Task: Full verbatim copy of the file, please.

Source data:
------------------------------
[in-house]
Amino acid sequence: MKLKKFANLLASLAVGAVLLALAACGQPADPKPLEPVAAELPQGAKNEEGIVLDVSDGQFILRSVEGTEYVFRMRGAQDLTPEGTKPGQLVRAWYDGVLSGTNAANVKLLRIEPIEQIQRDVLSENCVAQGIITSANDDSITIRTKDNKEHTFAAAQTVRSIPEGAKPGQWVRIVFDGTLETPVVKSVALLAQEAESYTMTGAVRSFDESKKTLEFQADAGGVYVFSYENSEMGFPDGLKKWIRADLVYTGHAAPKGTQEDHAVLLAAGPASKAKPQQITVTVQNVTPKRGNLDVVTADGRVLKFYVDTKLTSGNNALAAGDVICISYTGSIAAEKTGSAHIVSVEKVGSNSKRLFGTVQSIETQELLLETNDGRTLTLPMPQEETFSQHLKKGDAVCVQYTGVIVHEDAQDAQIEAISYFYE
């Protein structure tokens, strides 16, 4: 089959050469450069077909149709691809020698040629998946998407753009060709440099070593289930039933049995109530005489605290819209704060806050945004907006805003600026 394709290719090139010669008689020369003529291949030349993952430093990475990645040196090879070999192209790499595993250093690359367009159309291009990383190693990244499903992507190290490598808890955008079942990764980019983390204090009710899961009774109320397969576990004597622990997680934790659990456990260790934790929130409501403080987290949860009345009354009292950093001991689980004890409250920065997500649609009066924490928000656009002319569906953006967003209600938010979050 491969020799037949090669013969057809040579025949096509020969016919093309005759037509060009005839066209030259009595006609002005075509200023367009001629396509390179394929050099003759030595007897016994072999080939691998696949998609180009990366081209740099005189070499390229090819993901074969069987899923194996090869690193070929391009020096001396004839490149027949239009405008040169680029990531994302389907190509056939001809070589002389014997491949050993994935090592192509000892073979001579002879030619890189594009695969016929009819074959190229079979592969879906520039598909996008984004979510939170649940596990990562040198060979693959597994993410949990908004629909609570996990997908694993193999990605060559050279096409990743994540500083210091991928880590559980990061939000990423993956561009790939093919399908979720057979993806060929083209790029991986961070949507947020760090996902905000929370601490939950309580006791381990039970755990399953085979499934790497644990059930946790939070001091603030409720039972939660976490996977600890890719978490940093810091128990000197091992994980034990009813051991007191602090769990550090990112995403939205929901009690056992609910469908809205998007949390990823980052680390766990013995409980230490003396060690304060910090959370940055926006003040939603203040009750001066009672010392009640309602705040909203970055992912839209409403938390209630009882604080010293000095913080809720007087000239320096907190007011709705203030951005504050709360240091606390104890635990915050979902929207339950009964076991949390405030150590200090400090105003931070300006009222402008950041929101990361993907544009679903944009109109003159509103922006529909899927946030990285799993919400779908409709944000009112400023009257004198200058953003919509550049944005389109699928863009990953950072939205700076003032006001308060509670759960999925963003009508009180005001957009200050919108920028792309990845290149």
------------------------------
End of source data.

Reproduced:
[in-house]
Amino acid sequence: MKLKKFANLLASLAVGAVLLALAACGQPADPKPLEPVAAELPQGAKNEEGIVLDVSDGQFILRSVEGTEYVFRMRGAQDLTPEGTKPGQLVRAWYDGVLSGTNAANVKLLRIEPIEQIQRDVLSENCVAQGIITSANDDSITIRTKDNKEHTFAAAQTVRSIPEGAKPGQWVRIVFDGTLETPVVKSVALLAQEAESYTMTGAVRSFDESKKTLEFQADAGGVYVFSYENSEMGFPDGLKKWIRADLVYTGHAAPKGTQEDHAVLLAAGPASKAKPQQITVTVQNVTPKRGNLDVVTADGRVLKFYVDTKLTSGNNALAAGDVICISYTGSIAAEKTGSAHIVSVEKVGSNSKRLFGTVQSIETQELLLETNDGRTLTLPMPQEETFSQHLKKGDAVCVQYTGVIVHEDAQDAQIEAISYFYE
């Protein structure tokens, strides 16, 4: 089959050469450069077909149709691809020698040629998946998407753009060709440099070593289930039933049995109530005489605290819209704060806050945004907006805003600026 394709290719090139010669008689020369003529291949030349993952430093990475990645040196090879070999192209790499595993250093690359367009159309291009990383190693990244499903992507190290490598808890955008079942990764980019983390204090009710899961009774109320397969576990004597622990997680934790659990456990260790934790929130409501403080987290949860009345009354009292950093001991689980004890409250920065997500649609009066924490928000656009002319569906953006967003209600938010979050 491969020799037949090669013969057809040579025949096509020969016919093309005759037509060009005839066209030259009595006609002005075509200023367009001629396509390179394929050099003759030595007897016994072999080939691998696949998609180009990366081209740099005189070499390229090819993901074969069987899923194996090869690193070929391009020096001396004839490149027949239009405008040169680029990531994302389907190509056939001809070589002389014997491949050993994935090592192509000892073979001579002879030619890189594009695969016929009819074959190229079979592969879906520039598909996008984004979510939170649940596990990562040198060979693959597994993410949990908004629909609570996990997908694993193999990605060559050279096409990743994540500083210091991928880590559980990061939000990423993956561009790939093919399908979720057979993806060929083209790029991986961070949507947020760090996902905000929370601490939950309580006791381990039970755990399953085979499934790497644990059930946790939070001091603030409720039972939660976490996977600890890719978490940093810091128990000197091992994980034990009813051991007191602090769990550090990112995403939205929901009690056992609910469908809205998007949390990823980052680390766990013995409980230490003396060690304060910090959370940055926006003040939603203040009750001066009672010392009640309602705040909203970055992912839209409403938390209630009882604080010293000095913080809720007087000239320096907190007011709705203030951005504050709360240091606390104890635990915050979902929207339950009964076991949390405030150590200090400090105003931070300006009222402008950041929101990361993907544009679903944009109109003159509103922006529909899927946030990285799993919400779908409709944000009112400023009257004198200058953003919509550049944005389109699928863009990953950072939205700076003032006001308060509670759960999925963003009508009180005001957009200050919108920028792309990845290149």